- ST. LOUIS-- Once considered an environmental hero, gasoline additive MTBE
now looks tarnished. Researchers don't agree how useful the gasoline additive
really is. Worse, it's starting to show up in drinking wells and public
- The controversy serves as a cautionary
tale about the dangers of mandating technologies without fully understanding
their long-term impact.
- "Politically, once you put (the
additive) in, there's inertia for people to change," says Phillip
Myers, emeritus research professor at the University of Wisconsin, Madison.
- Since the Clean Air Act of 1990, some
17 states and Washington, D.C., have turned to methyl tertiary butyl ether
(MTBE) to help them stay within clean-air standards. When blended with
gasoline, it adds oxygen to the fuel. About a third of the gasoline in
the United States is reformulated with some kind of oxygenate. MTBE accounts
for three-quarters of the total, edging out competing substances, such
- The problem is that using oxygenates
may not help cut auto emissions anymore, several researchers say. That's
because American cars run a lot cleaner than they used to. More than a
decade ago, cars used carburetors to mix air and fuel. As the cars aged,
they tended to mix more fuel and less oxygen, so the extra oxygen from
MTBE-blended fuels helped reduce emissions.
- But today's models use catalytic converters,
which automatically adjust the fuel-air mixture. So an MTBE-blend simply
forces the system to squirt in more fuel. As older cars head for the junkyard,
the fuel's overall impact lessens.
- Worse, all consumers are paying to correct
a problem mostly caused by a small minority of people who drive out-of-tune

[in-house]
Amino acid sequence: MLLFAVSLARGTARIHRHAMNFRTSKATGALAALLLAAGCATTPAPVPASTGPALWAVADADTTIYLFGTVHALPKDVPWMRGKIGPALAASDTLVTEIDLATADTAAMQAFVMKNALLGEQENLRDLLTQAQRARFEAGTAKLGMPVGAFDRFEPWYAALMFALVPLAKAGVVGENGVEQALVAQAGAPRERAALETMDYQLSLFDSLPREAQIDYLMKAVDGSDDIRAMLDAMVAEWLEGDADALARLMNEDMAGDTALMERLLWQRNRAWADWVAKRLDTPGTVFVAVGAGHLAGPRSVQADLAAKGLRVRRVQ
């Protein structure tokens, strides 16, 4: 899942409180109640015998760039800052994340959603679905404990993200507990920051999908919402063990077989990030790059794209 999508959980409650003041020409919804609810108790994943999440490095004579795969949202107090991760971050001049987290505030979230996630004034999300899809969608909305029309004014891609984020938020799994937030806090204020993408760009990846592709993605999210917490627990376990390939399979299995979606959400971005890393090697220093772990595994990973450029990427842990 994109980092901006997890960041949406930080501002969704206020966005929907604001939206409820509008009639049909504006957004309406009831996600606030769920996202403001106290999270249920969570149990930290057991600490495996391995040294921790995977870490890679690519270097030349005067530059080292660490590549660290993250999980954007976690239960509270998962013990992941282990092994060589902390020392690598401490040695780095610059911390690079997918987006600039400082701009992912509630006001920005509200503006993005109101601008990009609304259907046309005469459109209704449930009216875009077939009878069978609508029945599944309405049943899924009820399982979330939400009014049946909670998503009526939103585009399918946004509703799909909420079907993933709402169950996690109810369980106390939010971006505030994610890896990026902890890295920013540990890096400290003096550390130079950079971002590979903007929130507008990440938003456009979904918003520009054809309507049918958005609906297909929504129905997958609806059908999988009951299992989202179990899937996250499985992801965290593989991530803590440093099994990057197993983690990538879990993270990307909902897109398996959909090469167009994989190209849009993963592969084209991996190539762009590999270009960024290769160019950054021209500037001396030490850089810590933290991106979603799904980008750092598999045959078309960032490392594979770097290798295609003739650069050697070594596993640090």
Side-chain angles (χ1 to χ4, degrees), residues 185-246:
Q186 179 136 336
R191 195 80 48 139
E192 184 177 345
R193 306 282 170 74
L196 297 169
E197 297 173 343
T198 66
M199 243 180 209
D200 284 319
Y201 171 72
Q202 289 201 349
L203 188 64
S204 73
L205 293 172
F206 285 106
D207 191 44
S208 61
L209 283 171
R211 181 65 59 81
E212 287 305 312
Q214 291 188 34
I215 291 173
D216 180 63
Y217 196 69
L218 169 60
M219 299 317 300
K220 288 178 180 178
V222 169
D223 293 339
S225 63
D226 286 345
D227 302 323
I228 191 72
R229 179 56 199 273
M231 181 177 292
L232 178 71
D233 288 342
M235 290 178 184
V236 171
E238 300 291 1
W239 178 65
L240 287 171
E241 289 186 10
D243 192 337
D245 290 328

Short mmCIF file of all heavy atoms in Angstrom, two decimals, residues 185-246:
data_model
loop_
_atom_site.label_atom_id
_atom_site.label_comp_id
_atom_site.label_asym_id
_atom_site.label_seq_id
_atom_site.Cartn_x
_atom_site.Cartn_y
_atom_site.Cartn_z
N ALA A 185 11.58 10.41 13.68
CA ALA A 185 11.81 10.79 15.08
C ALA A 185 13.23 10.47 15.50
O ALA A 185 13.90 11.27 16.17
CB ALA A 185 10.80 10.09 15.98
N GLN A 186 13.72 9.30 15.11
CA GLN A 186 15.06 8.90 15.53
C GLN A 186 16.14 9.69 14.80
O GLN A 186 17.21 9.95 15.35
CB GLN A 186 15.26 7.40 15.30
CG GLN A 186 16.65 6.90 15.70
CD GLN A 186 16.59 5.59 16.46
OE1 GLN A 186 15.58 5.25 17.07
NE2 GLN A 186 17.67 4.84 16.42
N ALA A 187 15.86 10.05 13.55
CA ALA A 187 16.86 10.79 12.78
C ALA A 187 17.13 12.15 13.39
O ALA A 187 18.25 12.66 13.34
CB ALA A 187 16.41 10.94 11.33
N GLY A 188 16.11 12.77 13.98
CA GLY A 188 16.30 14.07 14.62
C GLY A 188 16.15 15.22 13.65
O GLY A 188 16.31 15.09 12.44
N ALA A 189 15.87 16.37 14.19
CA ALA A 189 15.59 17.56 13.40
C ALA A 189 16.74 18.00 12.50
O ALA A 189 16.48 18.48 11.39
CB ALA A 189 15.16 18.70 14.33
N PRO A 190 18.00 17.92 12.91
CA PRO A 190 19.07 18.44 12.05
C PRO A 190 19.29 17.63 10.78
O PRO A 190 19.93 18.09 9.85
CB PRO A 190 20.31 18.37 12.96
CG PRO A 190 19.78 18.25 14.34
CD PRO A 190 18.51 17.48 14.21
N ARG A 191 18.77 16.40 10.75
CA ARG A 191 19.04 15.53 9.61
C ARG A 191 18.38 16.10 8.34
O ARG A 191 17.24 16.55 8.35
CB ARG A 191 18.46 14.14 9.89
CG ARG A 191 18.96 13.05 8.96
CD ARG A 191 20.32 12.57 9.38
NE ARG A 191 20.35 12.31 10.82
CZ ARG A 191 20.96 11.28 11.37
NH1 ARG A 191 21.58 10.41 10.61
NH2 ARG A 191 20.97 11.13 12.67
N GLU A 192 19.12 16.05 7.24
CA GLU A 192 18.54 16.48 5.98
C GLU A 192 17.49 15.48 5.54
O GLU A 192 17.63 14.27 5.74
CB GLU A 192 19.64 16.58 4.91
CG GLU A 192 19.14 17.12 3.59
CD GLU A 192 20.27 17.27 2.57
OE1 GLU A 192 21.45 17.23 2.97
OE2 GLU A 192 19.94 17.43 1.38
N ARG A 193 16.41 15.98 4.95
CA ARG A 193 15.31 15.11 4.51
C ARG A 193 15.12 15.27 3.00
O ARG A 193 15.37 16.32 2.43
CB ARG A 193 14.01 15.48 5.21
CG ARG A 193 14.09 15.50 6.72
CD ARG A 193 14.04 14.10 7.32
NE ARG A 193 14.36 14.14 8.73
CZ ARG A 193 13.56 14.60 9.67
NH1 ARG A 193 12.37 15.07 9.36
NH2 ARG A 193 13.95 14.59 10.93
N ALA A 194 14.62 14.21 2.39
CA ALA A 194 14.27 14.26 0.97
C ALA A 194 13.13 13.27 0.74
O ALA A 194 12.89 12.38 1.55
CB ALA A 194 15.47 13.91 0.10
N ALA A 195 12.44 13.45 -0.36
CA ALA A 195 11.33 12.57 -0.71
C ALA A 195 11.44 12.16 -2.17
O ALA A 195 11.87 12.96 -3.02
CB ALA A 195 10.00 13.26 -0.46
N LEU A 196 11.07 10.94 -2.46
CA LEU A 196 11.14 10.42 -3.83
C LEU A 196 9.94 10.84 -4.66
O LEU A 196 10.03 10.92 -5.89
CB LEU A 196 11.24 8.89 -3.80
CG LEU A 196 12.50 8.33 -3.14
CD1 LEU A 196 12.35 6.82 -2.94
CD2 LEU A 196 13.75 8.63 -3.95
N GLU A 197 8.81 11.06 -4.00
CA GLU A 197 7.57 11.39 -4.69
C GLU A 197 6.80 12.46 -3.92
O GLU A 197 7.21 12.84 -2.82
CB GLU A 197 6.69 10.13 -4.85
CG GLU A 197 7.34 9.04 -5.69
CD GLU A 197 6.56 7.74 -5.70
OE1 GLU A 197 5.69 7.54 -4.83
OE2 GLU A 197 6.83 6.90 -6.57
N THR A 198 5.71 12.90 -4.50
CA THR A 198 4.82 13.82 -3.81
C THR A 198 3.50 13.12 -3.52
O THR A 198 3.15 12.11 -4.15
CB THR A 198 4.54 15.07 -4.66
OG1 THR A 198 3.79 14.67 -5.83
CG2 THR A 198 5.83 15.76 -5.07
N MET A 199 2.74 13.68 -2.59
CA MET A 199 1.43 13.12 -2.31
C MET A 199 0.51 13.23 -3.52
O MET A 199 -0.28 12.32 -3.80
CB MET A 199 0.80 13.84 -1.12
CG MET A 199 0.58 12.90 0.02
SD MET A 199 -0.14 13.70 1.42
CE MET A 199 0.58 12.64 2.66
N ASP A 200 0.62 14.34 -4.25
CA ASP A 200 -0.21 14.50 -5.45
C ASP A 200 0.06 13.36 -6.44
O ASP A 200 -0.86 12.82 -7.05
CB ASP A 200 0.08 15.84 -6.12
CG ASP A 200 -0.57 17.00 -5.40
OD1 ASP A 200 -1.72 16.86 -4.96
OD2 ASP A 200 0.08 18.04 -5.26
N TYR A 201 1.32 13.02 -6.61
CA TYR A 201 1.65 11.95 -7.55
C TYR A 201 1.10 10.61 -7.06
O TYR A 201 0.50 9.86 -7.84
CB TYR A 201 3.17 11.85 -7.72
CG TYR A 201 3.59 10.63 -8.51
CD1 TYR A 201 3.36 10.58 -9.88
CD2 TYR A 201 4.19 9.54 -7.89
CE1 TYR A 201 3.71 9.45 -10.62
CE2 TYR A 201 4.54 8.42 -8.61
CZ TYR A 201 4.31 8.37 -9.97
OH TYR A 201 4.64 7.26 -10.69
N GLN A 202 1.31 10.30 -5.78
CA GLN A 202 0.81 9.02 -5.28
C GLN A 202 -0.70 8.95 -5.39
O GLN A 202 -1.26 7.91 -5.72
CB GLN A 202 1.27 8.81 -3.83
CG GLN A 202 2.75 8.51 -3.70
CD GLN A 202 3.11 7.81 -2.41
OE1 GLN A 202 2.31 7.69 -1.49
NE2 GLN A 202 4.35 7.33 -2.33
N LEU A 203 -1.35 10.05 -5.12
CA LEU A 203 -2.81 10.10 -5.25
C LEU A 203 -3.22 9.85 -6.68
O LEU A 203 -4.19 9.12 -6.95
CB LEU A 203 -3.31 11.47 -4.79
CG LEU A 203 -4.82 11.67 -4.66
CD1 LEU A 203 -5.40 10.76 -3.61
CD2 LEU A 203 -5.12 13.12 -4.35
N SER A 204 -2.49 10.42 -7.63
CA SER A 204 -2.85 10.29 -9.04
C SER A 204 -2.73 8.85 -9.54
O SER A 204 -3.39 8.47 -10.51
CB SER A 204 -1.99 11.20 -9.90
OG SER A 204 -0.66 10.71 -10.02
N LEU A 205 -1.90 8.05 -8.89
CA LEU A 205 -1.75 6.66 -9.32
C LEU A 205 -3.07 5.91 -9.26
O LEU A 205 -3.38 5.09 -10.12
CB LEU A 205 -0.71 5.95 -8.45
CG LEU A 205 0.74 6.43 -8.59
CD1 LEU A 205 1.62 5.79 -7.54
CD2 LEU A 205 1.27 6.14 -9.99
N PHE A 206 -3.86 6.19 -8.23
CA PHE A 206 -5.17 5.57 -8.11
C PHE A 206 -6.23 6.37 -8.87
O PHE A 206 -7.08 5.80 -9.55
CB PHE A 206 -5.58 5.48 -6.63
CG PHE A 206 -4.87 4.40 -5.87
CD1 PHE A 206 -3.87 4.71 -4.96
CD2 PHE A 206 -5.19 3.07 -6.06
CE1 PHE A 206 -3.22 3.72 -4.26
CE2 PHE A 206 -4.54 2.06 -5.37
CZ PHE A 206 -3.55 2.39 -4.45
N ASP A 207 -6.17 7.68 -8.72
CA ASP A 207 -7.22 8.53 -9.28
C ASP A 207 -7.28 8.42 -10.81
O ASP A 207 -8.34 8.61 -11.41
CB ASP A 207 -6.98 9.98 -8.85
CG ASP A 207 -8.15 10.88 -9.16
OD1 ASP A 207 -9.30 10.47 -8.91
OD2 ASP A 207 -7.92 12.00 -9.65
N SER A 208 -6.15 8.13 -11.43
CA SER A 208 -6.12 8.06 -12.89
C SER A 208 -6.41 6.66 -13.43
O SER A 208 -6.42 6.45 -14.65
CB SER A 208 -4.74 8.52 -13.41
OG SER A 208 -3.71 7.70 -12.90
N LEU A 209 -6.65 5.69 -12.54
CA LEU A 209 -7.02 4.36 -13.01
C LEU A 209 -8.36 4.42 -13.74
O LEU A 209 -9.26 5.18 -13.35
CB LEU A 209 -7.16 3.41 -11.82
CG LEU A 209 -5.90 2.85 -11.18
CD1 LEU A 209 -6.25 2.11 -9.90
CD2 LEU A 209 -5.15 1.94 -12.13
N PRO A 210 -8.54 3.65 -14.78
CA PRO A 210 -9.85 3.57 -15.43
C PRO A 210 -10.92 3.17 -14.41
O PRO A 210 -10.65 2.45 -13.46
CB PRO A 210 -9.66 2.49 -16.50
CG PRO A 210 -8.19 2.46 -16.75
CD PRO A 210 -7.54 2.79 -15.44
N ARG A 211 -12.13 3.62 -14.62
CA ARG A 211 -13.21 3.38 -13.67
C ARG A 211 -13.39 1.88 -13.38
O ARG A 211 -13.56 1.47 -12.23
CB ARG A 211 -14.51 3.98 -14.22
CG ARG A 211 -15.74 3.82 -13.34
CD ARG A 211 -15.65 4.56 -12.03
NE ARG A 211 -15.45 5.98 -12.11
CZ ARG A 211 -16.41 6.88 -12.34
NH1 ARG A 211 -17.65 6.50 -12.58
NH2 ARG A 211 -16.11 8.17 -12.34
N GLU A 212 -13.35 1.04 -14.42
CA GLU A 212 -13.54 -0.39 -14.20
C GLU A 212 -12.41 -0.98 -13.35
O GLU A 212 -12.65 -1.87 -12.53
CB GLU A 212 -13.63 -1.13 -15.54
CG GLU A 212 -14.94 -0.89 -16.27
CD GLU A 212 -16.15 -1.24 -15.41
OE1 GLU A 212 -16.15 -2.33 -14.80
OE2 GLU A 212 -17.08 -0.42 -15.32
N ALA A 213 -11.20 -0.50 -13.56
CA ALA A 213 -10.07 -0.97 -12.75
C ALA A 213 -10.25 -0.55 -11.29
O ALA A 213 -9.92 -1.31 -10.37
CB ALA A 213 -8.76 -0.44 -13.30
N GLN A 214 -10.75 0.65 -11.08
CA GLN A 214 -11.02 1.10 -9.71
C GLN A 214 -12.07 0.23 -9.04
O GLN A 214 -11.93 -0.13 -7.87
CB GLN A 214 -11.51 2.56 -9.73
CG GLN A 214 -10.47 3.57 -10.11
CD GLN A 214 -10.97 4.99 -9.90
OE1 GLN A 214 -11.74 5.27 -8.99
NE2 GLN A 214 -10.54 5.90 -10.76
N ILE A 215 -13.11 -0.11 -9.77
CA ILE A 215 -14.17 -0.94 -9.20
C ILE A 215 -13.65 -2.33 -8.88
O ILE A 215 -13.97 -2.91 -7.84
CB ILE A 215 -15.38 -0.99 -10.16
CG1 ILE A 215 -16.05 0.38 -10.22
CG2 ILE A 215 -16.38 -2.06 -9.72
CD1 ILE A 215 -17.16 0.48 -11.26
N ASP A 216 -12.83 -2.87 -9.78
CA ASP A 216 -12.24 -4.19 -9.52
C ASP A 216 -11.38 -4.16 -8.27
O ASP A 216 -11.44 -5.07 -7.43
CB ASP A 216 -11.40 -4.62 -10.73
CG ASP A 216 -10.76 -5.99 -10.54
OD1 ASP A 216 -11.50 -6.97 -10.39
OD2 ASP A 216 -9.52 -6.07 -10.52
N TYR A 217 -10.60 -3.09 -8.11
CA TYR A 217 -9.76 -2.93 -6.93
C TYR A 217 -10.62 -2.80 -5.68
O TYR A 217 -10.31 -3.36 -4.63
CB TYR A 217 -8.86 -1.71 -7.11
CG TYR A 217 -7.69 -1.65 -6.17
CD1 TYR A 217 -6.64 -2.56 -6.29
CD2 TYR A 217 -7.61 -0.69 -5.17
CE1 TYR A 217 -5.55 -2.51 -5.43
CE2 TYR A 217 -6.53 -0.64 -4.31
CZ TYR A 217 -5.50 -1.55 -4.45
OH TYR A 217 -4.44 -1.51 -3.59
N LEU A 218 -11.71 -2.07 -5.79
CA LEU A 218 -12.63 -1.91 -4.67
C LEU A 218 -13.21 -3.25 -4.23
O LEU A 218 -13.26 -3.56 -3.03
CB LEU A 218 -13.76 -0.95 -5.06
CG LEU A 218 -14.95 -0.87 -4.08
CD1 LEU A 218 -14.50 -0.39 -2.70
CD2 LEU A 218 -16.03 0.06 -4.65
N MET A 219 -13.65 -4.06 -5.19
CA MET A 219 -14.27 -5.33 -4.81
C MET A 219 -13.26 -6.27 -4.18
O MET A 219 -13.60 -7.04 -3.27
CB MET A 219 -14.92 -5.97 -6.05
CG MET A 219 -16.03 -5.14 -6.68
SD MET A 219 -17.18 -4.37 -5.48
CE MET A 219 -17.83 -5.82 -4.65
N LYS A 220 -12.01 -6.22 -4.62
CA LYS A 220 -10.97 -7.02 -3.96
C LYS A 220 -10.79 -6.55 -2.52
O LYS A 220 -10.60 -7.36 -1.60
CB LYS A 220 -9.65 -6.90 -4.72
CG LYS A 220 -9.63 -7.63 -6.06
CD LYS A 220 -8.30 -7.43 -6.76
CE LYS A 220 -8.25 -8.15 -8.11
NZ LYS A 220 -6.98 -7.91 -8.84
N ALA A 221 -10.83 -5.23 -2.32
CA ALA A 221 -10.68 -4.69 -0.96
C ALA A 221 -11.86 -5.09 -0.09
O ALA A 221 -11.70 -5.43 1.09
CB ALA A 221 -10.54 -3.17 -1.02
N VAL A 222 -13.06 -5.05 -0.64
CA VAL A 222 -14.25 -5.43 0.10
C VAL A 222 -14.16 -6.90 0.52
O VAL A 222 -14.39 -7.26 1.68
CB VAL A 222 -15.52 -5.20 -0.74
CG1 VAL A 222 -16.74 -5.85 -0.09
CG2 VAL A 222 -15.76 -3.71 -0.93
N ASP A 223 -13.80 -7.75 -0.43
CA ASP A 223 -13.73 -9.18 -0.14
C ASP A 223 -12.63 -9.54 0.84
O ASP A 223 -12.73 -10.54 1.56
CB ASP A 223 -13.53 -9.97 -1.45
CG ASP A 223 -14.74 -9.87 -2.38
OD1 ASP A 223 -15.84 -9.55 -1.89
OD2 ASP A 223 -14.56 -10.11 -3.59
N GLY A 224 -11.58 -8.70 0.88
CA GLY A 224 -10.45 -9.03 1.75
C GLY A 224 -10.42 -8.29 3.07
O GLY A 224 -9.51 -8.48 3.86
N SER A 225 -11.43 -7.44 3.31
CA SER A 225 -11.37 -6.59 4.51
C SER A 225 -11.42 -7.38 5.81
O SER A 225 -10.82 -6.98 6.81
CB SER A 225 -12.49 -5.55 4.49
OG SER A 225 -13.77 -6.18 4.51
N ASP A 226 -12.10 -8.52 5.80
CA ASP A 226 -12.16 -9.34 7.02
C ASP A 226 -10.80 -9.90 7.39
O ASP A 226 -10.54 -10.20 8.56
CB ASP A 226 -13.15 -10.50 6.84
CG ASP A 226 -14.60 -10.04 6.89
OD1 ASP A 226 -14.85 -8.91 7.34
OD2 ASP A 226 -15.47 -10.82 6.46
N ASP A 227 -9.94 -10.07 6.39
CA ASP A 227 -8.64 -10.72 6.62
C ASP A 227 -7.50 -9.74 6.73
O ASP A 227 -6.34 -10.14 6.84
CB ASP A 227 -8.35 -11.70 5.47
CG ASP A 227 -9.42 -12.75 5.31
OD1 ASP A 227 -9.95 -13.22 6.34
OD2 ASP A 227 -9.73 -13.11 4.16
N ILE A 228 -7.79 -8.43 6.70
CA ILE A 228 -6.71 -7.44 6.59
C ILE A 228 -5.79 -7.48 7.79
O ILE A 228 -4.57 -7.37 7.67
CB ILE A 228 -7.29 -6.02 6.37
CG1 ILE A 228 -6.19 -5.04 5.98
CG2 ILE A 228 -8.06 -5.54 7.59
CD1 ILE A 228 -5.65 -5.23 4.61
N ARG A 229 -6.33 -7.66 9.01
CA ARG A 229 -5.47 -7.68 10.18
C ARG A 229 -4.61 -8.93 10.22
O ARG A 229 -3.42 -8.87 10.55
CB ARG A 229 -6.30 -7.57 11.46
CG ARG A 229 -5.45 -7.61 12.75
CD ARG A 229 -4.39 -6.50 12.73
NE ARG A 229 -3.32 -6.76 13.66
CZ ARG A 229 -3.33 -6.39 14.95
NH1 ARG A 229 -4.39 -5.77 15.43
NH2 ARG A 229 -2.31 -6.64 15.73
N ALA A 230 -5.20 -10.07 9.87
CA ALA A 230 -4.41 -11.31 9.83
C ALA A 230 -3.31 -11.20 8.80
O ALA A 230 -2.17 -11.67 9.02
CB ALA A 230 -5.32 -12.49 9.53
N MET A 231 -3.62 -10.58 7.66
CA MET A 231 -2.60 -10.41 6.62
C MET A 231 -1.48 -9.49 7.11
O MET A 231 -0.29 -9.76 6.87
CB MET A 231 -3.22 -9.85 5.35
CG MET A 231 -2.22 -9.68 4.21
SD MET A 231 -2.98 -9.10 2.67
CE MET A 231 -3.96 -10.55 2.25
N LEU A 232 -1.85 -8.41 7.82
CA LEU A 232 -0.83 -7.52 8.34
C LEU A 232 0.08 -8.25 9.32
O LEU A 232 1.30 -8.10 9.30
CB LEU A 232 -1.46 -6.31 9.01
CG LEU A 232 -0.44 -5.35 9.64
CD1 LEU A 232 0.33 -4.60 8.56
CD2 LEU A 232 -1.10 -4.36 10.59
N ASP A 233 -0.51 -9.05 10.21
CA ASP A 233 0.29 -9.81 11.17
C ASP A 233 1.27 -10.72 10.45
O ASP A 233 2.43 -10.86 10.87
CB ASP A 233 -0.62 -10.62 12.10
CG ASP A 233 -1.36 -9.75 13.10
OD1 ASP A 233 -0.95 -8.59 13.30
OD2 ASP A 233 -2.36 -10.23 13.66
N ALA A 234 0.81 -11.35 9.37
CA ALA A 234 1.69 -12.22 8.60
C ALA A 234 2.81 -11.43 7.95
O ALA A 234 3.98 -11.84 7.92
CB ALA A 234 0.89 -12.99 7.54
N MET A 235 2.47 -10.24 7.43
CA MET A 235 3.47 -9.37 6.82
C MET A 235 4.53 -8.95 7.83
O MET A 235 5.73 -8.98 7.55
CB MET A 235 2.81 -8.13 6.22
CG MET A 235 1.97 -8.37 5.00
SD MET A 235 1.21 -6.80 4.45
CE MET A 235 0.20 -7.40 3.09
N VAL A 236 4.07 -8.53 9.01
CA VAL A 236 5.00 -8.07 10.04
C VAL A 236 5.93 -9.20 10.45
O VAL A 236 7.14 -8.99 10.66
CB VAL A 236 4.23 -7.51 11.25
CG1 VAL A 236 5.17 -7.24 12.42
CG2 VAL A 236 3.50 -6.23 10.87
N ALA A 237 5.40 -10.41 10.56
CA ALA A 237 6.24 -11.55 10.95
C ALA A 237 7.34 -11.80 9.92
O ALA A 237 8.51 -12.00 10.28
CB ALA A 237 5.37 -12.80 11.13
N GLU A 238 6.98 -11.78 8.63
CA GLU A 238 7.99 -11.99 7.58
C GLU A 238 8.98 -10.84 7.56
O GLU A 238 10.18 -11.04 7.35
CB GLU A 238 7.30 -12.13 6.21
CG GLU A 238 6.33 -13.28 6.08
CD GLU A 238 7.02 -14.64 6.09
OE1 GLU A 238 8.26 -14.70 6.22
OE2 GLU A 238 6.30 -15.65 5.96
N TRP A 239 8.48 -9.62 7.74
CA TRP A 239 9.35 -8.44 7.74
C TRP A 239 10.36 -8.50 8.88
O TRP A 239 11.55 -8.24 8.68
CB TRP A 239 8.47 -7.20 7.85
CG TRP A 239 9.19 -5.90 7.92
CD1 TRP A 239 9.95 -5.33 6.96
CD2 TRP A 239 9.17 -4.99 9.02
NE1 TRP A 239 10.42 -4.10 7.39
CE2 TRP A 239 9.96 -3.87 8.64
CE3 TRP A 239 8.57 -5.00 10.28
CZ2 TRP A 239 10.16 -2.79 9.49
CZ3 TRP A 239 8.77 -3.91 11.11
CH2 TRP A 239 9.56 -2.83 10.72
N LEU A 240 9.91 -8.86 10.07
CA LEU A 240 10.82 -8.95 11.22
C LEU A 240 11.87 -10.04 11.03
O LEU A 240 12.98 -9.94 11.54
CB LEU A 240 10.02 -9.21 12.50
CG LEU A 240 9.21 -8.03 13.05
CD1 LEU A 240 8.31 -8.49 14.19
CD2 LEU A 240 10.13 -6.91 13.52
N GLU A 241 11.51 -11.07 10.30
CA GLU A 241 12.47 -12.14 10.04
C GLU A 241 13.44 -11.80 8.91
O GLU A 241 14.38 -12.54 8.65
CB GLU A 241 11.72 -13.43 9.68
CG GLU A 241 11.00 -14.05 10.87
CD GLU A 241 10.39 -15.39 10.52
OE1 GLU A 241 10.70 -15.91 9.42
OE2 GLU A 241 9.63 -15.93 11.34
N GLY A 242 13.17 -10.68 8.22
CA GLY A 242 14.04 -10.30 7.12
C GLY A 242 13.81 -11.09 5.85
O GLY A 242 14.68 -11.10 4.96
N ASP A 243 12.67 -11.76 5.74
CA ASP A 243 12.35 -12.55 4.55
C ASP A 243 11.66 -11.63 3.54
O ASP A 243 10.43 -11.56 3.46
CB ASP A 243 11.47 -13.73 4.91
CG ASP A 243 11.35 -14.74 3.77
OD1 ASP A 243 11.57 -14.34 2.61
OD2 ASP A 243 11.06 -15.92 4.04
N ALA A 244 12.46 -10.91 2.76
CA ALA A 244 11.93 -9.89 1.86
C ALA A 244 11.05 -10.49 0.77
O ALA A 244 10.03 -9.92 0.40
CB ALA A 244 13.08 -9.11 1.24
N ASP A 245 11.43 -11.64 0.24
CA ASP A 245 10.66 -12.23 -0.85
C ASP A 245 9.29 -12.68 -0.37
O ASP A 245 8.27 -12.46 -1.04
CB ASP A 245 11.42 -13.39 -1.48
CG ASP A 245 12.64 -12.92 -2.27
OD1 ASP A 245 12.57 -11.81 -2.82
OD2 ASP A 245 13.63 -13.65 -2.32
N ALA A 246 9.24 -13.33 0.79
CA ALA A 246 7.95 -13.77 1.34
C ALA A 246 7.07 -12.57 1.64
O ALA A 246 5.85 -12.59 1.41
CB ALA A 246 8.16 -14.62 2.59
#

clunkers, says Douglas Lawson, an air-pollution researcher at Colorado
State University. "You get hit by a double-whammy. Not only do you
get hit with decreased fuel economy, you pay more at the pump."
- "Typically, an oxygenated fuel costs
2 to 3 cents a gallon more even though it reduces a car's fuel economy
by 2 to 3 percent.
- But MTBE has plenty of backers who dispute
the notion that it's outdated. "The automobile is certainly making
enormous strides," says a spokesman for the Oxygenated Fuels Association,
which backs MTBE. But "if you're going to have air quality in this
country, you're going to have the car, the gasoline, and the driver working
as a triumvirate."
- "The air-quality benefit far outweighs
the reduction in fuel economy," adds Lori Stewart, group manager for
fuels implementation at the U.S. Environmental Protection Agency. While
the direct impact may be small, the substance allows refiners to avoid
using other, more toxic substances such as benzene.
- The latest challenge to MTBE comes from
an unexpected source: ground water. Underground storage tanks are leaking
gasoline all over the country. California alone has some 32,400 tanks known
to be discharging fuel into the soil. While most of the toxins in the fuel
appear to dissipate over time, MTBE presents a special problem. It moves
faster and biodegrades more slowly. Thus the additive is showing up in
alarming concentrations in shallow ground water. Already, Santa Monica,
Calif., has had to close three public drinking wells, which supplied nearly
half the community's water, because of MTBE contamination. Even if low
levels of the additive pose no health threat, it can make water taste something
- MTBE supporters point out that the problem
is leaking gasoline, not just MTBE. "People should be upset if anything
is leaking from those underground storage tanks," says Martha Casey,
an EPA spokeswoman. The agency has set Dec. 22 as the deadline for replacing
leaking storage tanks in the country.